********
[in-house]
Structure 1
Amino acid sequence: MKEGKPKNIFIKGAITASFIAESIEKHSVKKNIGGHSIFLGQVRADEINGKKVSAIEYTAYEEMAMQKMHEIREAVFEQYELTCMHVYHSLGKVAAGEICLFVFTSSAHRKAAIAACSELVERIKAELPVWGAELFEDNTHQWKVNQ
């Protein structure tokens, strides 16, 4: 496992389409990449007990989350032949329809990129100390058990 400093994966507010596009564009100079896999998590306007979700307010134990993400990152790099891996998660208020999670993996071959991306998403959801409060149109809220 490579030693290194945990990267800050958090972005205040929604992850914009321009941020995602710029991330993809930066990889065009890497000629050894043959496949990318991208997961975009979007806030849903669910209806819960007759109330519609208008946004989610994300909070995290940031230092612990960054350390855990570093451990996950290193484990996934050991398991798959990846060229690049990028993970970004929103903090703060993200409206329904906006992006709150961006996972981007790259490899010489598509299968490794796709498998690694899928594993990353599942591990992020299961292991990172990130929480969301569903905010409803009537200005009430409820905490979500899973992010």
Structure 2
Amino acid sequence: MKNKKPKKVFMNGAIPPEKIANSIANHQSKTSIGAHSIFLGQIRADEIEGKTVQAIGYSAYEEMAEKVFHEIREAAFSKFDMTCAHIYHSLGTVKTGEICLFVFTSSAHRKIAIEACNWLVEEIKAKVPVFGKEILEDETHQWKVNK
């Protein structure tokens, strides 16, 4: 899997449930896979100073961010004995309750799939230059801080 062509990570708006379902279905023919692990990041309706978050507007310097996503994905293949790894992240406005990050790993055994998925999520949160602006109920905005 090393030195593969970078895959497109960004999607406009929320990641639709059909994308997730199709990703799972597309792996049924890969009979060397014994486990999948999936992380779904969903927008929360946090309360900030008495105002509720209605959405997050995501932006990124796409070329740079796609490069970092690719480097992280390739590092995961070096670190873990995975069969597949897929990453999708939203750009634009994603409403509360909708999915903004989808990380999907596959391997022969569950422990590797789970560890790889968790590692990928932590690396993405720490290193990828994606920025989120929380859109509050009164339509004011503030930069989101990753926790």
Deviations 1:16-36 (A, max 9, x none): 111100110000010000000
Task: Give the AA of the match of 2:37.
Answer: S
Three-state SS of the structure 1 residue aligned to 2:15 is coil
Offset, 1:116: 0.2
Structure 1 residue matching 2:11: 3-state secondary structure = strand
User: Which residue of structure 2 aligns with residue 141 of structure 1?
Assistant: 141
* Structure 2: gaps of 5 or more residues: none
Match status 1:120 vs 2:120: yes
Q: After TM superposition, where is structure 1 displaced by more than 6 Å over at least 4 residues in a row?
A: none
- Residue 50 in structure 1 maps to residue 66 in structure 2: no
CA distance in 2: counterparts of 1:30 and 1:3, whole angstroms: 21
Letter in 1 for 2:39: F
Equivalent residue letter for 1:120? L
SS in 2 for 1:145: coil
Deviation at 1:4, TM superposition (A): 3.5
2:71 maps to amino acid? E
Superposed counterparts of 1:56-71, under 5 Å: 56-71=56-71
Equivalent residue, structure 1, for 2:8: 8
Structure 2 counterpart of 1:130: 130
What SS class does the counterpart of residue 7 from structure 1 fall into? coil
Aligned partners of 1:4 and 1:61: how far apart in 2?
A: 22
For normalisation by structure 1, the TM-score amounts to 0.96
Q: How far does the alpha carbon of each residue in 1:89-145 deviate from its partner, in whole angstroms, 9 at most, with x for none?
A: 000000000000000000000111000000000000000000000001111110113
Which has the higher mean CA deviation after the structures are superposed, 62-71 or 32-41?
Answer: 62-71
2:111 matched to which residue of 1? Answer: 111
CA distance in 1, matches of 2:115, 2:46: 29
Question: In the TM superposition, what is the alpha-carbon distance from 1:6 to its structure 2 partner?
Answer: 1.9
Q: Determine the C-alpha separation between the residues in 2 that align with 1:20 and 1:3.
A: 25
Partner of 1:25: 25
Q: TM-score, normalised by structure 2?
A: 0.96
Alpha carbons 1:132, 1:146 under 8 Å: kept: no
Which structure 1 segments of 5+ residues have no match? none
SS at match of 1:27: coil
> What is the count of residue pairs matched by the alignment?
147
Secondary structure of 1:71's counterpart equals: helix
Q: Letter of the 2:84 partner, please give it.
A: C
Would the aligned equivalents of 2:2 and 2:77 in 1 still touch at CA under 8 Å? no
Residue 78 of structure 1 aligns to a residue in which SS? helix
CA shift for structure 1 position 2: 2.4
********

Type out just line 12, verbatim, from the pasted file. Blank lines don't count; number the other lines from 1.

Offset, 1:116: 0.2